Finally, the last exception of at-will employment is known as implied covenant of good faith and fair dealing. This general presumption indicates that the employer and employee deal with one another in a fair and honest way, as not to destroy the rights of the other party for their own benefit. Under this law, an employer cannot fire a person in order to avoid certain employee responsibilities, such as paying for retirement, healthcare, or commission-based work. This exception is currently only recognized by 11 states and has been interpreted to mean either that the personal decisions of the employer are affected by a “just cause” standard or that firing is made in bad faith are prohibited.
Do I Have to Sign an At-Will Agreement?
Many employees are under the misconception that they must sign an at-will agreement. However, an employer may refuse to hire you or fire you for refusing to do so. Job applicants and new employees are often asked to sign a written statement agreeing to at-will employment to protect their right to fire at will. You may find such a statement in your employment application, contract, or offer letter. An employer may also state an at-will arrangement orally.
Was I Wrongfully Terminated?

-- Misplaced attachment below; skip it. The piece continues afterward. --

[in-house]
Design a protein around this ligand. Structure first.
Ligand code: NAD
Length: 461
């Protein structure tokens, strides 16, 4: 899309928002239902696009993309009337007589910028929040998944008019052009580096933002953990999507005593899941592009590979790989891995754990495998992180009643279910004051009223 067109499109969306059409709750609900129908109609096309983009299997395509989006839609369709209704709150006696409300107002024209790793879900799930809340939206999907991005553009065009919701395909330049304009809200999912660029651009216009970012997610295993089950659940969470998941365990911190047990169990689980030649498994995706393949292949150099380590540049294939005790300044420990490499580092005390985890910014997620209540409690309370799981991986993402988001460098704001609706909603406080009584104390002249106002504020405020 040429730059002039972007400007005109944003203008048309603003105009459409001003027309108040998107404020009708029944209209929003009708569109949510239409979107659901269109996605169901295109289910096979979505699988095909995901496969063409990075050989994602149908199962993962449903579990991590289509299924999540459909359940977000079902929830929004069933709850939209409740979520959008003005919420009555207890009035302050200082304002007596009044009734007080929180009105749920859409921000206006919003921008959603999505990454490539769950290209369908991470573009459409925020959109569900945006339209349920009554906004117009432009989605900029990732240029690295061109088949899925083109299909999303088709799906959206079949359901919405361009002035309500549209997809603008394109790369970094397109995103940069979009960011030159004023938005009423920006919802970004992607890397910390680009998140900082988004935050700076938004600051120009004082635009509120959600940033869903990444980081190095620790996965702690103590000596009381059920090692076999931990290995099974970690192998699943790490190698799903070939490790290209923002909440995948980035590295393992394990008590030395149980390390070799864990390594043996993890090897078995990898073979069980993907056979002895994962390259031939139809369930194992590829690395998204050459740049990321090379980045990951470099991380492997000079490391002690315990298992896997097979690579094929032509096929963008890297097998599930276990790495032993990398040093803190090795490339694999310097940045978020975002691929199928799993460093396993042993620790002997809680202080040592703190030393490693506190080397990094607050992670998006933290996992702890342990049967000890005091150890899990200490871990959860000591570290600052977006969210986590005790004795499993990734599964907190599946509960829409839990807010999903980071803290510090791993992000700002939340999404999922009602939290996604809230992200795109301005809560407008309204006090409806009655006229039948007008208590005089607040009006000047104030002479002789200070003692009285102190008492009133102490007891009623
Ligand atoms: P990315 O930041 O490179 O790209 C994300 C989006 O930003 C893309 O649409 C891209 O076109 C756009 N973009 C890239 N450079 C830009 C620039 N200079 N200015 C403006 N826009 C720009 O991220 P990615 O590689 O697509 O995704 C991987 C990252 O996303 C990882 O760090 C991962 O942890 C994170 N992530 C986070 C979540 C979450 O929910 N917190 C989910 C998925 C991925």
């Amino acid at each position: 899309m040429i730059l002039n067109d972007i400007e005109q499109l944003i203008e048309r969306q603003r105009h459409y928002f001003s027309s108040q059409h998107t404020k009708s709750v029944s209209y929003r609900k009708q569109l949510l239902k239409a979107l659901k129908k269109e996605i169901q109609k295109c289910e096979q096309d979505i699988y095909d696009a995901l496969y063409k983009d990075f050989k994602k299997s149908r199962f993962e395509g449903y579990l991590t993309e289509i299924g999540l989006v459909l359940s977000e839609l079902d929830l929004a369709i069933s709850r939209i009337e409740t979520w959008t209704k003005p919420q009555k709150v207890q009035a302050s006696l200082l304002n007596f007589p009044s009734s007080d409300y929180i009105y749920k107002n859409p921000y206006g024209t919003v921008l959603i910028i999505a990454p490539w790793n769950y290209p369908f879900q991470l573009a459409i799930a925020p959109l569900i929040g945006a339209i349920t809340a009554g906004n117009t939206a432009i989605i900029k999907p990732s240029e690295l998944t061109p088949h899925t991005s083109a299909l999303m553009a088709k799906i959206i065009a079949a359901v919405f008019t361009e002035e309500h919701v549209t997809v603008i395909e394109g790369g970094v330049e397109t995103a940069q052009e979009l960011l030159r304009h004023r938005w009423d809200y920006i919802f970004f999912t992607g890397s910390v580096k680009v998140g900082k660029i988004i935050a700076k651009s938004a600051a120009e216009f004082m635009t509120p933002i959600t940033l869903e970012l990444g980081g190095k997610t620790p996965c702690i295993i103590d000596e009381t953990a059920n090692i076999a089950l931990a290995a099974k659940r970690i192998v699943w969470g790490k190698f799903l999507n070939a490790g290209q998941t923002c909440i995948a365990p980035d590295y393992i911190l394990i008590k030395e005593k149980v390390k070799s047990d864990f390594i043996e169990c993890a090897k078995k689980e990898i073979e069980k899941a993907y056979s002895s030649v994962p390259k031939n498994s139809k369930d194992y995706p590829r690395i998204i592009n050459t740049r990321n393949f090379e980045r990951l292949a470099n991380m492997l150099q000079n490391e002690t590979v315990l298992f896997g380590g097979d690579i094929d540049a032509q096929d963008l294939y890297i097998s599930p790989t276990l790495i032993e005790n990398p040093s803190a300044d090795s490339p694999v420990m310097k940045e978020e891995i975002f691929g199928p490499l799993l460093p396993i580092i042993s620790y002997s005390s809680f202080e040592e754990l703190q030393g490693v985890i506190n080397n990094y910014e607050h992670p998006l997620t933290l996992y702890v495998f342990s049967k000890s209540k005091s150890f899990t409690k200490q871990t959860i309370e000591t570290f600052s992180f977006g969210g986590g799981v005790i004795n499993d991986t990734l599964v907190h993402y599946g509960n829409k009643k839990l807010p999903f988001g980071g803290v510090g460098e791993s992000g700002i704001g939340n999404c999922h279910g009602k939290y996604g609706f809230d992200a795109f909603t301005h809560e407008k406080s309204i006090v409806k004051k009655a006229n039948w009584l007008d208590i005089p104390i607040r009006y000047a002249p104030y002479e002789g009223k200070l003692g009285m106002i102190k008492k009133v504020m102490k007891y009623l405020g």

If you have been fired from your job, you may be wondering if your firing applies to wrongful termination. Wrongful termination, also referred to as wrongful dismissal or discharge, describes the unlawful termination of an employee’s contract by an employer. In this situation, the firing breaches one or more contract terms. In addition to the three exceptions mentioned, an employee cannot be terminated for illegal reasons, such as discrimination. Employers are also prohibited from retaliating against employees who have engaged in legally-protected activities, such as filing a complaint with the Equal Employment Opportunity Commission (EEOC).
If you are convinced that your employer is guilty of wrongful termination, you must prove why and how. Begin by asking your employer why he or she fired you. If possible, get the reasons in writing. You can also ask to see your personnel file. While your employer legally doesn’t have to give it to you, having this information can be useful. Review the exceptions to at-will employment to determine if your case falls into any of these policies. If your company has an employee handbook, take the time to study the guidelines relating to employee termination. While dealing with your case, try to seek new employment elsewhere.
Fighting for Employment Rights
Most employees in America work at-will. While this arrangement can be beneficial for both employers and employees, it does come with its fair share of complications. If you have at-will employment and have been recently terminated, you may have reason to believe that your company has committed wrongful termination. If you have proof of wrongful termination, you may be able to seek damages for your lost wages.
Being without a job in today’s economy can be tough, especially if you have been wrongly terminated. If you believe that you were fired without cause or have been retaliated against, contact an experienced employment attorney.